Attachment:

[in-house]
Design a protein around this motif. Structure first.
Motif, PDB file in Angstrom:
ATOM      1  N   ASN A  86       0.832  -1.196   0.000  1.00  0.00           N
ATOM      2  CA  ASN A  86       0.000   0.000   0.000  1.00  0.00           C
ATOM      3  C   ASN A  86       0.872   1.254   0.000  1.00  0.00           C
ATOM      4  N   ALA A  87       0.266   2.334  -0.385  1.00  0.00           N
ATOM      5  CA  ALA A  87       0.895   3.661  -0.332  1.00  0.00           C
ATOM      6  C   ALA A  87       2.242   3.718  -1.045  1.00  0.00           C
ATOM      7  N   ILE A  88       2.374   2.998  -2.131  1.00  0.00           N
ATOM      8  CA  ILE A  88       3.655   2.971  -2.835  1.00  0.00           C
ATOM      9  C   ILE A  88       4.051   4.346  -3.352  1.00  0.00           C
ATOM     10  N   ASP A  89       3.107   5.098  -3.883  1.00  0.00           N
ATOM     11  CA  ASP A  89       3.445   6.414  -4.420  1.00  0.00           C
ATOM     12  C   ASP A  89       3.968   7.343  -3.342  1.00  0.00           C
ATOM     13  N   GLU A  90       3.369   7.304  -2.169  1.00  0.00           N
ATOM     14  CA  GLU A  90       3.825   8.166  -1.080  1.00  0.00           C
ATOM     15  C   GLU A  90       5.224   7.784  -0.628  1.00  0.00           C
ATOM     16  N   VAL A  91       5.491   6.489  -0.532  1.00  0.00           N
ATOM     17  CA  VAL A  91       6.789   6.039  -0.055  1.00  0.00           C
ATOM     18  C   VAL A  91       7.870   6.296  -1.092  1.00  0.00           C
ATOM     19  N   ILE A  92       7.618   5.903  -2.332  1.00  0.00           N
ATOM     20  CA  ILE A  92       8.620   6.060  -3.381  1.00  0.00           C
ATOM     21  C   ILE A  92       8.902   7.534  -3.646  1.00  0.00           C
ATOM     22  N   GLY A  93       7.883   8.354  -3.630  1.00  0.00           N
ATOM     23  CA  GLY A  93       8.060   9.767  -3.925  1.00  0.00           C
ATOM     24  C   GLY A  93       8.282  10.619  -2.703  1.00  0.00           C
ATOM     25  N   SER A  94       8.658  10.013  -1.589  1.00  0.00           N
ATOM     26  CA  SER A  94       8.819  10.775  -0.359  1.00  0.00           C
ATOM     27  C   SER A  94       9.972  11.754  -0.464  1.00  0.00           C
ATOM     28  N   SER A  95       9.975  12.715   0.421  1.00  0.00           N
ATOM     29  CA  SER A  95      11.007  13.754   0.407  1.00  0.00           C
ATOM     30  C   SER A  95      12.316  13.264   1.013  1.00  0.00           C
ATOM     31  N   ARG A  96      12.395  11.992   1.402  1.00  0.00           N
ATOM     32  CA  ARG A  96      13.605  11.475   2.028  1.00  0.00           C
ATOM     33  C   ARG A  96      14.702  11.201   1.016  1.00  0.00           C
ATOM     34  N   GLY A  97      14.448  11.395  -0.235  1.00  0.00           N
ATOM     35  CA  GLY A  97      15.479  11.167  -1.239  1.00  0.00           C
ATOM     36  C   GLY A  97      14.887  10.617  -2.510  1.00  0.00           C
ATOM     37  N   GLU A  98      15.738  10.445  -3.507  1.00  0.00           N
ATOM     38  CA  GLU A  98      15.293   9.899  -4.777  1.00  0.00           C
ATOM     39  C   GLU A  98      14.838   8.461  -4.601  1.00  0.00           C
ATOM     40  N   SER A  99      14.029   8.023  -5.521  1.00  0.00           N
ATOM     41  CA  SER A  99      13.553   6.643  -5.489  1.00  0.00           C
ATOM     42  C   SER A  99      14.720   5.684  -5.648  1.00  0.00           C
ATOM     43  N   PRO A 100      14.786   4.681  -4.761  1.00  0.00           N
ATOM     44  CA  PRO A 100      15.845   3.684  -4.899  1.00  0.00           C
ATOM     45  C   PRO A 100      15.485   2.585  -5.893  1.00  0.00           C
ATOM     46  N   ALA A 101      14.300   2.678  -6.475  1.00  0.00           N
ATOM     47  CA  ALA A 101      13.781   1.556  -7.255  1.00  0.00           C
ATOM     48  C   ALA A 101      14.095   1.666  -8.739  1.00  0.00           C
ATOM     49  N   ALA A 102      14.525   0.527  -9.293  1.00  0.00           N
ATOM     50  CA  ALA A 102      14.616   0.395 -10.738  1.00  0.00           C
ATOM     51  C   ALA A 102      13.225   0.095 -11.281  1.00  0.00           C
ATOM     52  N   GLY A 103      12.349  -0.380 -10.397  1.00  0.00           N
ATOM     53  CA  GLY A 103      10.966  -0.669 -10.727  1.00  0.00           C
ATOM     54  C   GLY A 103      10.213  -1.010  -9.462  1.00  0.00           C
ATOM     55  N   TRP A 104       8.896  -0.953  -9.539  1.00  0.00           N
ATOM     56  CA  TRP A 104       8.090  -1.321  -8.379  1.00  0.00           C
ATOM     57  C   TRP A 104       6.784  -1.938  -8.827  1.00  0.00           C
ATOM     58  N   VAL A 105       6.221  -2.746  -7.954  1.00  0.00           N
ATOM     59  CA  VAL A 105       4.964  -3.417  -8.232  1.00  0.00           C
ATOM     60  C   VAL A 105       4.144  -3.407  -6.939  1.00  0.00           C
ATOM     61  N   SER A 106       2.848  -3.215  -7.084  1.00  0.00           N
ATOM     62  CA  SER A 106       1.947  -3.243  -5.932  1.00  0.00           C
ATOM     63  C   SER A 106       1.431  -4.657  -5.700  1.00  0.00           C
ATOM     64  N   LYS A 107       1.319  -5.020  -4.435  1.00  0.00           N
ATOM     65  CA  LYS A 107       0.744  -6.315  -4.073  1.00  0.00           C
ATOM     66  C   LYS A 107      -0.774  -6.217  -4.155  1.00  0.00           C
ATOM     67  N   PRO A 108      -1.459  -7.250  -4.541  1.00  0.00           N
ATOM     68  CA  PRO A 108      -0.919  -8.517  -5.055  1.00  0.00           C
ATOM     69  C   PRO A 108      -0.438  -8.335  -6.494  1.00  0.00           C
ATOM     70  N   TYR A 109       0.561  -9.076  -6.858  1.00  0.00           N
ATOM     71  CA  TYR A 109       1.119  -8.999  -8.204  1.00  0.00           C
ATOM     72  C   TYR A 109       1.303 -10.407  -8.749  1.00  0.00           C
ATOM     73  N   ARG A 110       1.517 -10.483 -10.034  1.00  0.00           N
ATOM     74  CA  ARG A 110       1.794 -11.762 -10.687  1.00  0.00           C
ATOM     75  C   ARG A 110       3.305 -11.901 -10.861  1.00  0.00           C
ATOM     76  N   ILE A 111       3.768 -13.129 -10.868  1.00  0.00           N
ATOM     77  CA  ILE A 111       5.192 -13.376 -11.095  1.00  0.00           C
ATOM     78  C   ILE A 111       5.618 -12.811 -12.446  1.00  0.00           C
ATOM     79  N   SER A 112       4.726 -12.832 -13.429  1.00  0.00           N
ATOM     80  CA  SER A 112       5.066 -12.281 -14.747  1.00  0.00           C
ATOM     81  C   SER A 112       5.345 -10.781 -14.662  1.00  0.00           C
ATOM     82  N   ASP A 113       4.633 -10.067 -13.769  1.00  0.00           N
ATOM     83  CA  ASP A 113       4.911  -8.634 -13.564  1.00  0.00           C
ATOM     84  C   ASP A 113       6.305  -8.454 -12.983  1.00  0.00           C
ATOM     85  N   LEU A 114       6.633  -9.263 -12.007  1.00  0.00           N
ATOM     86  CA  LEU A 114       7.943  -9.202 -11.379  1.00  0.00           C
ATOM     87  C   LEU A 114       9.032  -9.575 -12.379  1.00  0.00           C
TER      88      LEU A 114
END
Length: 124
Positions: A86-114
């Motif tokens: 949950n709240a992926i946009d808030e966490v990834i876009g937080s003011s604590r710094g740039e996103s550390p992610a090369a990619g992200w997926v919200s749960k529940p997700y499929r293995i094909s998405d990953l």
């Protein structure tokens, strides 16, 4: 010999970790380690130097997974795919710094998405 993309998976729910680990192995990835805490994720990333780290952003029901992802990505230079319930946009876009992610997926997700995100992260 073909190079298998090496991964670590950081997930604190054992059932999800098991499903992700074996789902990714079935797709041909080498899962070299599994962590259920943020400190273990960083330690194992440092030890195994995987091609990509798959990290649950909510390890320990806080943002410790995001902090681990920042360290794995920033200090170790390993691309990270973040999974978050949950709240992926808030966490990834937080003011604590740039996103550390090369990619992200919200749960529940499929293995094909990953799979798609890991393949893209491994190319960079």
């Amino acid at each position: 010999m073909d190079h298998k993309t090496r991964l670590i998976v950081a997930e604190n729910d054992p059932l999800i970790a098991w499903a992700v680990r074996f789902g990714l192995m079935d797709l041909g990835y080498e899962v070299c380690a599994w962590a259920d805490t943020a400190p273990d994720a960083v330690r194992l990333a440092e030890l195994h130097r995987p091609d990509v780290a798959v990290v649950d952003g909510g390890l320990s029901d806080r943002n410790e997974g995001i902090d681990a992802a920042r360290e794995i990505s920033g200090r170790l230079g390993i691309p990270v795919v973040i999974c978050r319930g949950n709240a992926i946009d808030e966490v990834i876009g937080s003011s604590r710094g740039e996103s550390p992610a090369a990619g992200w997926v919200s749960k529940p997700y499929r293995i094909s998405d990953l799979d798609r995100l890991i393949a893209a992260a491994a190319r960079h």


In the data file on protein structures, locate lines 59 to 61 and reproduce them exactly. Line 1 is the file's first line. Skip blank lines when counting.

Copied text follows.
ATOM     56  CA  TRP A 104       8.090  -1.321  -8.379  1.00  0.00           C
ATOM     57  C   TRP A 104       6.784  -1.938  -8.827  1.00  0.00           C
ATOM     58  N   VAL A 105       6.221  -2.746  -7.954  1.00  0.00           N